The Separate Cinema Archive is the most extensive private collection of African American film memorabilia in the world, documenting over a century of Black contributions to the industry. It will be on view soon at the Lucas Museum of Narrative Art.
On his first-ever expedition to Siberia, George witnesses the alarming effect of melting permafrost, visits a 12,000-year-old dog, and camps out with reindeer herders on the chilliest night of his life.
Swirl into the world of maple syrup with Vivian Howard. Take a trip to Maine's Fryeburg Fair, discover the magic of caterpillars and learn more about the birds soaring across New England skies each fall.
As an enslaved woman in the south, Biddy Mason was valued highly because of her knowledge in herbal medicine, but as a free woman in Los Angeles, Mason became a boundry-breaking midwife, nurse and philantropist.
The traditional narrative of the Watts Uprisings suggest that businesses fled from the chaos, but the story of Operation Boostrap suggests a wholly different story. Through their work, Operation Boostrap uplifted the community.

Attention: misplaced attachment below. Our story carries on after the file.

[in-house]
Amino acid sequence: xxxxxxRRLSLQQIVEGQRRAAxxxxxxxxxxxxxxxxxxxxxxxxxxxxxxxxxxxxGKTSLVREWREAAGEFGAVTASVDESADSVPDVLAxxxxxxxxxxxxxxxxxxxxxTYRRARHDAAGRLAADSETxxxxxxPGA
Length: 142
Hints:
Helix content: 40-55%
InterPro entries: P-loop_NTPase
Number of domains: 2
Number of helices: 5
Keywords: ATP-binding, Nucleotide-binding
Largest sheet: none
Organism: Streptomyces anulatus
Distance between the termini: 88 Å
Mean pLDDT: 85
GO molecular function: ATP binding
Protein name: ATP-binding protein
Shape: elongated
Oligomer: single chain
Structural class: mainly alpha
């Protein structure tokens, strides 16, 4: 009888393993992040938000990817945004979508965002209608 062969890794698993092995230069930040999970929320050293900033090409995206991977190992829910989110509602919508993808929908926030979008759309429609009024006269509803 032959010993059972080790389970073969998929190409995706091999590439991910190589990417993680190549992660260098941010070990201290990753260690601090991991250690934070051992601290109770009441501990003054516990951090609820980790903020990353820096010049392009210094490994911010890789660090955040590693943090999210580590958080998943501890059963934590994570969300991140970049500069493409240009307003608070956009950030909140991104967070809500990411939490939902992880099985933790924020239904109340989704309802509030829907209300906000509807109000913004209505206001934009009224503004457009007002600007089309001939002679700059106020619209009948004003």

Nicknamed “Architect to the Stars,” African American architect Paul R. Williams was one of the most successful architects of his time. But at the height of his career he wasn’t always welcome in the buildings he designed because of his race.
"Tending Nature" shines a light on the environmental knowledge of indigenous peoples across California by exploring how the state's Native peoples have actively shaped and tended the land for millennia.
This season features six half-hour episodes showcasing a collection of short films from schools across Southern California, including, winners in the categories of Documentary, Narrative and Animation.
Thanks to the lingering aftereffects of the New Deal and the post-WWII boom, development in Los Angeles was in full swing in the 1960s. A tidal wave of development would begin to rumble through the sleepy neighborhood.